Goal I’m attempting to set up a router box in to replace my SFR router on a home network. As my SFR plan has native IPv6, this box will request a prefix delegation and set up IPv6 routing for the computers on the home network. It will also handle NAT for IPv4. This is supposed to be a drop-in replacement for the SFR provided box, so it will have to:
Background At work we have to large TV screens used for displaying Grafana dashboards. They are both connected to the same PC. The PC was running Windows so anytime the PC would reboot, we would have to manually conenct to it via VNC and move the browsers around and set them in full screen mode. As we are in the office only during work hours, the PC would be shut down and restarted everyday.
Sometimes you need to do some complex actions in a Salt Reactor in which case Python comes in handy. The documentation is not very clear on how to write Python states. The main point is that Salt expects a structure that can be compiled to a Python dictionary. The run() function has to return a dictionary which resembles the state you would write with YAML. Here’s an example to add a domain to route 53:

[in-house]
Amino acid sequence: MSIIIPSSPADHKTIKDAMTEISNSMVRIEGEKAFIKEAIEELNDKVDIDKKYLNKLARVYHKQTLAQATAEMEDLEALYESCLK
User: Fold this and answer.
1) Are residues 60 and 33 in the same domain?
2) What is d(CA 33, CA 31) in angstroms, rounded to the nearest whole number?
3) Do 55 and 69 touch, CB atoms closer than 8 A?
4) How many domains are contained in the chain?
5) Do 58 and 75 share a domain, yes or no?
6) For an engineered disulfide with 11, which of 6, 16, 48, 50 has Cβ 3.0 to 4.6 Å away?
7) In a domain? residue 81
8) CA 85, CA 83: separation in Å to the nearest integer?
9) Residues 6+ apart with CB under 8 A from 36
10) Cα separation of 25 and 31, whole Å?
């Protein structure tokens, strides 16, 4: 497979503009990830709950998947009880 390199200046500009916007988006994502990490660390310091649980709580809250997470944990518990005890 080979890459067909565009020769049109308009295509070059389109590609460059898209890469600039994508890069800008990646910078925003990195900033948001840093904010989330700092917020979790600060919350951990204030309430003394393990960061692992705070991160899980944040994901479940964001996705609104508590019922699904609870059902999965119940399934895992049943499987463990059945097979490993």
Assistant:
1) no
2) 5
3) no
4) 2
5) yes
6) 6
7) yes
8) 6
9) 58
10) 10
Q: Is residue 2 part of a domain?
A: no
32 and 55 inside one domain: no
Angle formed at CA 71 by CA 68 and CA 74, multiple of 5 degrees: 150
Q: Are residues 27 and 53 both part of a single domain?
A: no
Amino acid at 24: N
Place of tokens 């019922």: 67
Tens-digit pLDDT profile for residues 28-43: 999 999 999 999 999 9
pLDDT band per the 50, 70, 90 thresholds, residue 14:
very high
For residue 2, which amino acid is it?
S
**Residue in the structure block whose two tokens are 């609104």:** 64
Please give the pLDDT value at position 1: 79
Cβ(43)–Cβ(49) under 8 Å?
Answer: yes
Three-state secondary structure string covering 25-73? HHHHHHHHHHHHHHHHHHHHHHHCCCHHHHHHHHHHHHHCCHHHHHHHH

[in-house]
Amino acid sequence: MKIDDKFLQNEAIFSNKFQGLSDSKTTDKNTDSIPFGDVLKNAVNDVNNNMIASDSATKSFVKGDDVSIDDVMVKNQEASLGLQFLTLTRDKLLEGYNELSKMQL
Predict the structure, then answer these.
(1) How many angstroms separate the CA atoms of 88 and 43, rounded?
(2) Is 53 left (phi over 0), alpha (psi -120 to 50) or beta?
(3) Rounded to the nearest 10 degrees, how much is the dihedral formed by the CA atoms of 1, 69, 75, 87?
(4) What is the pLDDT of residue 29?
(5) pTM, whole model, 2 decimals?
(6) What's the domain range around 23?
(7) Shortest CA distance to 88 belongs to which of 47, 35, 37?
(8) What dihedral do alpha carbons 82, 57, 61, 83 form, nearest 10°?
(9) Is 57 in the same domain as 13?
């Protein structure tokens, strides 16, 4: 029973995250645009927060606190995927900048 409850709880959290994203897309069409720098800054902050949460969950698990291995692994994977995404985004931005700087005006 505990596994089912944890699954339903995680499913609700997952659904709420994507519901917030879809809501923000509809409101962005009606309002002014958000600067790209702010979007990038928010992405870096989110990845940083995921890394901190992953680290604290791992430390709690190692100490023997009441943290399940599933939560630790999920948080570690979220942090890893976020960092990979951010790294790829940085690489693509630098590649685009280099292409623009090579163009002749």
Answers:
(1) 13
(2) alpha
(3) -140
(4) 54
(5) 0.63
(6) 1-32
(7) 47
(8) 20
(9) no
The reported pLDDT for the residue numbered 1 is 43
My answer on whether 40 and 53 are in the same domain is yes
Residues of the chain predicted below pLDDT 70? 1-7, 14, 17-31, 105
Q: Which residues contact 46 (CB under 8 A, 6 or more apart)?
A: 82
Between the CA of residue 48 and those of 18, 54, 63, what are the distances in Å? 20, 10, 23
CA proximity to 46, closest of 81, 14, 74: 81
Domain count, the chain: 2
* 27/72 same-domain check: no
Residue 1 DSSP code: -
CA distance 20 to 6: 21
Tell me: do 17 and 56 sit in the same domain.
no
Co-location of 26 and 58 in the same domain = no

The DHCP Option 121 is described here: http://tools.ietf.org/html/rfc3442. It allows the DHCP server to send a classless route. In PFSense, one can add this option by setting the type to string. The catch is that the length is variable, according to the netmask length. For example, to add 10.0.0.0/8 via 10.100.5.1, the HEX is: 08:0A:0A:64:05:01
If you want to use the Dell iDrac with a certificate signed by your CA, the web gui allows you to create a CSR, and upload the signed certificate. But if for some reason you want to generate the certificate and key outside of iDrac, the gui doesn’t offer a way to upload the key. There is a way to use fully custom certificates, but it requires the racadm command line utility.